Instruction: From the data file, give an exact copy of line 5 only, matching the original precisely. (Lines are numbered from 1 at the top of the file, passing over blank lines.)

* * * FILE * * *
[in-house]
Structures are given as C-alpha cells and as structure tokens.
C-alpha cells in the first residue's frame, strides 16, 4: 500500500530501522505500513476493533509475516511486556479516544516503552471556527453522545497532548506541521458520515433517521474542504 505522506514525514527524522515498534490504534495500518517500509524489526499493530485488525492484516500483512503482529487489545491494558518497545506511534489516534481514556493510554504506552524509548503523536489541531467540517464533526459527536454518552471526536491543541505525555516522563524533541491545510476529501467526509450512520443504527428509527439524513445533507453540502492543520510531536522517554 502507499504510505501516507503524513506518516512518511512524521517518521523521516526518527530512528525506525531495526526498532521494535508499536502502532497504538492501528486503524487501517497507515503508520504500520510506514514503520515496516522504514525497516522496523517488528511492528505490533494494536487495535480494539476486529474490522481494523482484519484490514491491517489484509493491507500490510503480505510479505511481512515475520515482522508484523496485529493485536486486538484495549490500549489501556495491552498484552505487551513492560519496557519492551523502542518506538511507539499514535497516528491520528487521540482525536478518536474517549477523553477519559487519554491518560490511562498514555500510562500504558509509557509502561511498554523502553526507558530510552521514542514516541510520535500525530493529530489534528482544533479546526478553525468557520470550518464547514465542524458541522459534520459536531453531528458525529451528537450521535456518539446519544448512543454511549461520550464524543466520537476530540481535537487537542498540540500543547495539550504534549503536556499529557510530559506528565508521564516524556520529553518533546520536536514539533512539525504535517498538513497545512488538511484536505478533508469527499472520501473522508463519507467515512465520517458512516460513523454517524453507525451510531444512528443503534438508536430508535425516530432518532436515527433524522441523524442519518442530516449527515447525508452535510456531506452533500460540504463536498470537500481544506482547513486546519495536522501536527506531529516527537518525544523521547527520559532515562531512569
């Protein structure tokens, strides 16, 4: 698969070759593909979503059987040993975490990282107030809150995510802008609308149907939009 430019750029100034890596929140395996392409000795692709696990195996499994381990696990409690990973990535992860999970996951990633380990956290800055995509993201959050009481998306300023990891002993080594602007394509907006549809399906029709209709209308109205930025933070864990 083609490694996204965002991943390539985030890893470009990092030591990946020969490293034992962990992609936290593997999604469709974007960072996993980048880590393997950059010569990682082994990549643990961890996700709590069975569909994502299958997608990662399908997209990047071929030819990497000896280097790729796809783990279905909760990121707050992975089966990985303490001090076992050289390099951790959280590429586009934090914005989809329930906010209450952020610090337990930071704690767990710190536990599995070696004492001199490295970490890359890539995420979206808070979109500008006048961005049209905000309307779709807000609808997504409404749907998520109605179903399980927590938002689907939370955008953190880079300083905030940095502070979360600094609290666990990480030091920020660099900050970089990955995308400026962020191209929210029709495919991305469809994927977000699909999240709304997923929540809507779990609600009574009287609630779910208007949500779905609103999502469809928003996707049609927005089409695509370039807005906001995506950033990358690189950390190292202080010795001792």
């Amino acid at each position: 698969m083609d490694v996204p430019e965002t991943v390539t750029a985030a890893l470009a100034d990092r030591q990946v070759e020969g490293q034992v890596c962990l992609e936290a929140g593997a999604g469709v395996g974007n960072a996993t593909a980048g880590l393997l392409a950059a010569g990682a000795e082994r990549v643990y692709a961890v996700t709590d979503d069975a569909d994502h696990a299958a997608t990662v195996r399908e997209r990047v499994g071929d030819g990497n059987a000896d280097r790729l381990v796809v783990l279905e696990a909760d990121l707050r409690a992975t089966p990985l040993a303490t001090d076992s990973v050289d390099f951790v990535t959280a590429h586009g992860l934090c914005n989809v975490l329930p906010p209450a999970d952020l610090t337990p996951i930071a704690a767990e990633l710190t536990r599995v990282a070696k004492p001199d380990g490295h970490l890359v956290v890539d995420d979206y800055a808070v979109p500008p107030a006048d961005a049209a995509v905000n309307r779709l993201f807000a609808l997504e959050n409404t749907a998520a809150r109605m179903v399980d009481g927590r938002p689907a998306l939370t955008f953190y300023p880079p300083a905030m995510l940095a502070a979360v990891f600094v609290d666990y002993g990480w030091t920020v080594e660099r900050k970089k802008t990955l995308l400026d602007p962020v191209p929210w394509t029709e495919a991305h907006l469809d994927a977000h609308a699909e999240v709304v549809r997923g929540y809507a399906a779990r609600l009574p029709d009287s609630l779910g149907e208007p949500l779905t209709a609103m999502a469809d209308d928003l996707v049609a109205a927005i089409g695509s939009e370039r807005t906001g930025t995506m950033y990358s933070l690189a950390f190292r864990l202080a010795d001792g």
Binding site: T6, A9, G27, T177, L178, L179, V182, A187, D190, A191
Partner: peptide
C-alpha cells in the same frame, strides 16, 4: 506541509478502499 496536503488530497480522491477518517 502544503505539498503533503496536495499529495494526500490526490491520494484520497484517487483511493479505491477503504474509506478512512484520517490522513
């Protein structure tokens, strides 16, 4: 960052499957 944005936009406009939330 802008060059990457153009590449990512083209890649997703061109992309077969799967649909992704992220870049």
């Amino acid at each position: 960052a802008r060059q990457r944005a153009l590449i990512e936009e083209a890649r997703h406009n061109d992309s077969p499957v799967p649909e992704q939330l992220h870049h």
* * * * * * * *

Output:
């Amino acid at each position: 698969m083609d490694v996204p430019e965002t991943v390539t750029a985030a890893l470009a100034d990092r030591q990946v070759e020969g490293q034992v890596c962990l992609e936290a929140g593997a999604g469709v395996g974007n960072a996993t593909a980048g880590l393997l392409a950059a010569g990682a000795e082994r990549v643990y692709a961890v996700t709590d979503d069975a569909d994502h696990a299958a997608t990662v195996r399908e997209r990047v499994g071929d030819g990497n059987a000896d280097r790729l381990v796809v783990l279905e696990a909760d990121l707050r409690a992975t089966p990985l040993a303490t001090d076992s990973v050289d390099f951790v990535t959280a590429h586009g992860l934090c914005n989809v975490l329930p906010p209450a999970d952020l610090t337990p996951i930071a704690a767990e990633l710190t536990r599995v990282a070696k004492p001199d380990g490295h970490l890359v956290v890539d995420d979206y800055a808070v979109p500008p107030a006048d961005a049209a995509v905000n309307r779709l993201f807000a609808l997504e959050n409404t749907a998520a809150r109605m179903v399980d009481g927590r938002p689907a998306l939370t955008f953190y300023p880079p300083a905030m995510l940095a502070a979360v990891f600094v609290d666990y002993g990480w030091t920020v080594e660099r900050k970089k802008t990955l995308l400026d602007p962020v191209p929210w394509t029709e495919a991305h907006l469809d994927a977000h609308a699909e999240v709304v549809r997923g929540y809507a399906a779990r609600l009574p029709d009287s609630l779910g149907e208007p949500l779905t209709a609103m999502a469809d209308d928003l996707v049609a109205a927005i089409g695509s939009e370039r807005t906001g930025t995506m950033y990358s933070l690189a950390f190292r864990l202080a010795d001792g």